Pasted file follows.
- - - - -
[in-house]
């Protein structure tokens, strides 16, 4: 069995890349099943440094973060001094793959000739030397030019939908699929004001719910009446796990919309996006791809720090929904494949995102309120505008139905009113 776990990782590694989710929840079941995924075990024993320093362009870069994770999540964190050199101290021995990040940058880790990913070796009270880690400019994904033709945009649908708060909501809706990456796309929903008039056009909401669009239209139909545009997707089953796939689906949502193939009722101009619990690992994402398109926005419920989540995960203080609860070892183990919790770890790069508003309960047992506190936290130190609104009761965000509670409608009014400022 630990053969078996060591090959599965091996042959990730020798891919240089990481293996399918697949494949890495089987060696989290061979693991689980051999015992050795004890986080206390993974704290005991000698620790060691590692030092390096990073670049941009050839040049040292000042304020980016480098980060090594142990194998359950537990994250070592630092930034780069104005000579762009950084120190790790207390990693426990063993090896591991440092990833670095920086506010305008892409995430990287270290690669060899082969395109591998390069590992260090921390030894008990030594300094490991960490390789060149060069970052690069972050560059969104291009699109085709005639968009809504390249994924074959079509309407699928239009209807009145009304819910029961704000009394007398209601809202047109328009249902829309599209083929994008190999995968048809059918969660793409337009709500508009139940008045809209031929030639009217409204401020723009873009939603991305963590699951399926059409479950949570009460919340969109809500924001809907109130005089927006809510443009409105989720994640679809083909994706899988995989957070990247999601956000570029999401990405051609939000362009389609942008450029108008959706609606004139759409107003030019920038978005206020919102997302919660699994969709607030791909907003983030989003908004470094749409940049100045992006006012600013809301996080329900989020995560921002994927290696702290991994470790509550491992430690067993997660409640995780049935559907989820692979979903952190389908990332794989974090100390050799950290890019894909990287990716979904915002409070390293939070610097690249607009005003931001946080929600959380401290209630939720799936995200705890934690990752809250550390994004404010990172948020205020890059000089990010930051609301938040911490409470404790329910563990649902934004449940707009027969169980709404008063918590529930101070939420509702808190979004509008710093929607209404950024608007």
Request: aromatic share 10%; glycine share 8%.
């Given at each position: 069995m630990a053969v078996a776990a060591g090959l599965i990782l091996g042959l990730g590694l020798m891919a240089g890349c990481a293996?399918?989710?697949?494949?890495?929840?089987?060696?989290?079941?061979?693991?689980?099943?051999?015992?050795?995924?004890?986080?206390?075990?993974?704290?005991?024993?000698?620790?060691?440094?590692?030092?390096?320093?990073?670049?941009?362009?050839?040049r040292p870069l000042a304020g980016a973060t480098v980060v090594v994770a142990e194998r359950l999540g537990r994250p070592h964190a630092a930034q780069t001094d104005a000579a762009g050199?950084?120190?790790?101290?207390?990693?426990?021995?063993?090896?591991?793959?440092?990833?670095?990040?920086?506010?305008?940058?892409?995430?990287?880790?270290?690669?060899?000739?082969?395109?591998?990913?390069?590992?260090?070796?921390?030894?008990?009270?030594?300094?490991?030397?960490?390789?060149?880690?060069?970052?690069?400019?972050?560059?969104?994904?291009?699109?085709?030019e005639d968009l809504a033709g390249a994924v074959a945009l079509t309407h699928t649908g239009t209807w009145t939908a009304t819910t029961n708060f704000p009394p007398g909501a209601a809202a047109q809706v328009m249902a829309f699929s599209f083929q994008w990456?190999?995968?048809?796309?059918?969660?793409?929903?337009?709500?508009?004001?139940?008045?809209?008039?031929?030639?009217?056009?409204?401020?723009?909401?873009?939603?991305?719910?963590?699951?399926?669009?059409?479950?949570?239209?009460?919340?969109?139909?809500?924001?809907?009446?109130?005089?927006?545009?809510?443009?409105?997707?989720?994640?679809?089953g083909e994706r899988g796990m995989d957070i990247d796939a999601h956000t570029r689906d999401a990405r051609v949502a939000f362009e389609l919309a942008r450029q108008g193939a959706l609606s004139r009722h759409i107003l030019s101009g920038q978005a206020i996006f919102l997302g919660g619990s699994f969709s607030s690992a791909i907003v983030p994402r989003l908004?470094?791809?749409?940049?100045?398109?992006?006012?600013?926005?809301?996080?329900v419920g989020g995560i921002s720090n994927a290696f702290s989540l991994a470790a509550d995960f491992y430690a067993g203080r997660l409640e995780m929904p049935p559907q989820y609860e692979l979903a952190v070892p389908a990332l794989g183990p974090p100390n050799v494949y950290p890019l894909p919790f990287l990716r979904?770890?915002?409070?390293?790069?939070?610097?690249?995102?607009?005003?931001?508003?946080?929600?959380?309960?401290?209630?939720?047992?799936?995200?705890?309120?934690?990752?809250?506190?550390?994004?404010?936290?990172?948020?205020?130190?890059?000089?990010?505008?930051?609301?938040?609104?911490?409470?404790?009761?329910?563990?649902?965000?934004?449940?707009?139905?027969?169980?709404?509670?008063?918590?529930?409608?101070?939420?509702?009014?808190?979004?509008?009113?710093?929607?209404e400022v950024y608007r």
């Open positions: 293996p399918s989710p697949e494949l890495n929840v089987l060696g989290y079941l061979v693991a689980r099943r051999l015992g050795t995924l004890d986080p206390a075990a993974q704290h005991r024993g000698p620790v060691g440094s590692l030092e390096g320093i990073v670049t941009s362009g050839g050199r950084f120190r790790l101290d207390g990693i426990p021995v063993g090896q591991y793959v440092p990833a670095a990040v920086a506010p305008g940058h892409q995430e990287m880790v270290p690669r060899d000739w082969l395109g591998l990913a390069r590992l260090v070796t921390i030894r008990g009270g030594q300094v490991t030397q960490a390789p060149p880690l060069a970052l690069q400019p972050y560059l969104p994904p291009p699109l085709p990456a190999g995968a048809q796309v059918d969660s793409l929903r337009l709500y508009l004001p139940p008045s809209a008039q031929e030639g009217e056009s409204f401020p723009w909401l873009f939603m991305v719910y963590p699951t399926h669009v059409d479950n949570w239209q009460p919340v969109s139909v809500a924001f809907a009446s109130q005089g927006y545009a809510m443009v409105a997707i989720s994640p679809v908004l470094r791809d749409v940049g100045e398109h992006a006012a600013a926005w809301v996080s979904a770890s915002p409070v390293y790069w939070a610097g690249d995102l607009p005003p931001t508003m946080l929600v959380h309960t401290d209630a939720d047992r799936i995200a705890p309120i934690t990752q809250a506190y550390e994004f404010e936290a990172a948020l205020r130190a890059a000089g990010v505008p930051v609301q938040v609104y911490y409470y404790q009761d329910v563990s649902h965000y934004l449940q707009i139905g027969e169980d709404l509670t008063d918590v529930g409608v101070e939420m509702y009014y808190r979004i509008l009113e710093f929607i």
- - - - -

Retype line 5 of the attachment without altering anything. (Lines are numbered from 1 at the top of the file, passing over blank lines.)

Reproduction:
């Open positions: 293996p399918s989710p697949e494949l890495n929840v089987l060696g989290y079941l061979v693991a689980r099943r051999l015992g050795t995924l004890d986080p206390a075990a993974q704290h005991r024993g000698p620790v060691g440094s590692l030092e390096g320093i990073v670049t941009s362009g050839g050199r950084f120190r790790l101290d207390g990693i426990p021995v063993g090896q591991y793959v440092p990833a670095a990040v920086a506010p305008g940058h892409q995430e990287m880790v270290p690669r060899d000739w082969l395109g591998l990913a390069r590992l260090v070796t921390i030894r008990g009270g030594q300094v490991t030397q960490a390789p060149p880690l060069a970052l690069q400019p972050y560059l969104p994904p291009p699109l085709p990456a190999g995968a048809q796309v059918d969660s793409l929903r337009l709500y508009l004001p139940p008045s809209a008039q031929e030639g009217e056009s409204f401020p723009w909401l873009f939603m991305v719910y963590p699951t399926h669009v059409d479950n949570w239209q009460p919340v969109s139909v809500a924001f809907a009446s109130q005089g927006y545009a809510m443009v409105a997707i989720s994640p679809v908004l470094r791809d749409v940049g100045e398109h992006a006012a600013a926005w809301v996080s979904a770890s915002p409070v390293y790069w939070a610097g690249d995102l607009p005003p931001t508003m946080l929600v959380h309960t401290d209630a939720d047992r799936i995200a705890p309120i934690t990752q809250a506190y550390e994004f404010e936290a990172a948020l205020r130190a890059a000089g990010v505008p930051v609301q938040v609104y911490y409470y404790q009761d329910v563990s649902h965000y934004l449940q707009i139905g027969e169980d709404l509670t008063d918590v529930g409608v101070e939420m509702y009014y808190r979004i509008l009113e710093f929607i």